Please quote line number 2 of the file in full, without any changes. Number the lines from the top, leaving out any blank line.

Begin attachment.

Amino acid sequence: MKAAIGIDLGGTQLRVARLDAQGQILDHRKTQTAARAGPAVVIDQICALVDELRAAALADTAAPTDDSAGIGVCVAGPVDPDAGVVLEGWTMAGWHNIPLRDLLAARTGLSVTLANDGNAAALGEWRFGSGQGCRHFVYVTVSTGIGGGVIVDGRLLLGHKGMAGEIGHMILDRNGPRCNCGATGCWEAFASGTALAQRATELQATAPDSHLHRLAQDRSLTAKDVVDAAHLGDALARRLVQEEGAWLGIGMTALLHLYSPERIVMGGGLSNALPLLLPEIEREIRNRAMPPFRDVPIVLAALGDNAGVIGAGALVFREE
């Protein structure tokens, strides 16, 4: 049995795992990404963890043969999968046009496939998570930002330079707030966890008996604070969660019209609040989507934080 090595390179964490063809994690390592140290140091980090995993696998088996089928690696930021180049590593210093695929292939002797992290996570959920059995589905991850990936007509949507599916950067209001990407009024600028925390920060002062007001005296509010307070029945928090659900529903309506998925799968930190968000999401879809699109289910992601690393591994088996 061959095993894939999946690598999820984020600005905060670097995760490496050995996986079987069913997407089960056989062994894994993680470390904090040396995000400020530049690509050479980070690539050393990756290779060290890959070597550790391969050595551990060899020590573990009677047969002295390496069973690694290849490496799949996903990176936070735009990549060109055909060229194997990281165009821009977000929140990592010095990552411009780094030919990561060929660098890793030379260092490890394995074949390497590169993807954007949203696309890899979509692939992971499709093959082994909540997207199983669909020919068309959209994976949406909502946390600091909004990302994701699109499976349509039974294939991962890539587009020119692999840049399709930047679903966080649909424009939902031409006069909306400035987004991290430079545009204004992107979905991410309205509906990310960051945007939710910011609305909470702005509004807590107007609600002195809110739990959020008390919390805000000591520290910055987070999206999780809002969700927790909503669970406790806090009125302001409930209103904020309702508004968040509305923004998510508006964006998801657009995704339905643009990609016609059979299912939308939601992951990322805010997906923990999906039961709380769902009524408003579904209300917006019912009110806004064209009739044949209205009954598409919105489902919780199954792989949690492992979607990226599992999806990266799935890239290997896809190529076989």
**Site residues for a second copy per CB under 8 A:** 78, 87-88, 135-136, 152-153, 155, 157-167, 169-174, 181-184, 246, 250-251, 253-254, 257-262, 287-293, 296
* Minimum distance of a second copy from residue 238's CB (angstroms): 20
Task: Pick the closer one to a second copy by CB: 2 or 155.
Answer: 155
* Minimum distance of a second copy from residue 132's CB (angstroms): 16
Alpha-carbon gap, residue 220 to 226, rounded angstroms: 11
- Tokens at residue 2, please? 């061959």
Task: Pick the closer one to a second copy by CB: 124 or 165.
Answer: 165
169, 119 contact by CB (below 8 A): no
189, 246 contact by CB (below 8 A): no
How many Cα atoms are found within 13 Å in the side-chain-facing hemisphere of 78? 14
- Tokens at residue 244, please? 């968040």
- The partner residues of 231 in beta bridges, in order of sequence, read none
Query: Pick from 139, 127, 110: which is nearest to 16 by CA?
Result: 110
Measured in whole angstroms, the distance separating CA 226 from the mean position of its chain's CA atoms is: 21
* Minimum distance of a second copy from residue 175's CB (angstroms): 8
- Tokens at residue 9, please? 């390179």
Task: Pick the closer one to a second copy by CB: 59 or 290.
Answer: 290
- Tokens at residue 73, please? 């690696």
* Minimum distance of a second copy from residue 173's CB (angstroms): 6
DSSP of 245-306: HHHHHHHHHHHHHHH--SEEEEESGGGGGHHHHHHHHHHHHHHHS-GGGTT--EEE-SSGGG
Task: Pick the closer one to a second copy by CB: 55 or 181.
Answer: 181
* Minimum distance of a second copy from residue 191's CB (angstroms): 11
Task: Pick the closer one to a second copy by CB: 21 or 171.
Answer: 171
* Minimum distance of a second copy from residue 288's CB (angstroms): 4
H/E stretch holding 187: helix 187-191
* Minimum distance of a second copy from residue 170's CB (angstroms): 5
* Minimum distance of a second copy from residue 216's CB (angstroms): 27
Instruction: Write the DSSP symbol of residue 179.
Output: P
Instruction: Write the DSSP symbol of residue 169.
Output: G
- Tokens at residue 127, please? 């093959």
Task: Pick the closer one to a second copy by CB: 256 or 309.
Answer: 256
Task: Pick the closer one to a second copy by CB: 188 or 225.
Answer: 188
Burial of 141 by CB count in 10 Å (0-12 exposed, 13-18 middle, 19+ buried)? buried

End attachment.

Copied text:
């Protein structure tokens, strides 16, 4: 049995795992990404963890043969999968046009496939998570930002330079707030966890008996604070969660019209609040989507934080 090595390179964490063809994690390592140290140091980090995993696998088996089928690696930021180049590593210093695929292939002797992290996570959920059995589905991850990936007509949507599916950067209001990407009024600028925390920060002062007001005296509010307070029945928090659900529903309506998925799968930190968000999401879809699109289910992601690393591994088996 061959095993894939999946690598999820984020600005905060670097995760490496050995996986079987069913997407089960056989062994894994993680470390904090040396995000400020530049690509050479980070690539050393990756290779060290890959070597550790391969050595551990060899020590573990009677047969002295390496069973690694290849490496799949996903990176936070735009990549060109055909060229194997990281165009821009977000929140990592010095990552411009780094030919990561060929660098890793030379260092490890394995074949390497590169993807954007949203696309890899979509692939992971499709093959082994909540997207199983669909020919068309959209994976949406909502946390600091909004990302994701699109499976349509039974294939991962890539587009020119692999840049399709930047679903966080649909424009939902031409006069909306400035987004991290430079545009204004992107979905991410309205509906990310960051945007939710910011609305909470702005509004807590107007609600002195809110739990959020008390919390805000000591520290910055987070999206999780809002969700927790909503669970406790806090009125302001409930209103904020309702508004968040509305923004998510508006964006998801657009995704339905643009990609016609059979299912939308939601992951990322805010997906923990999906039961709380769902009524408003579904209300917006019912009110806004064209009739044949209205009954598409919105489902919780199954792989949690492992979607990226599992999806990266799935890239290997896809190529076989």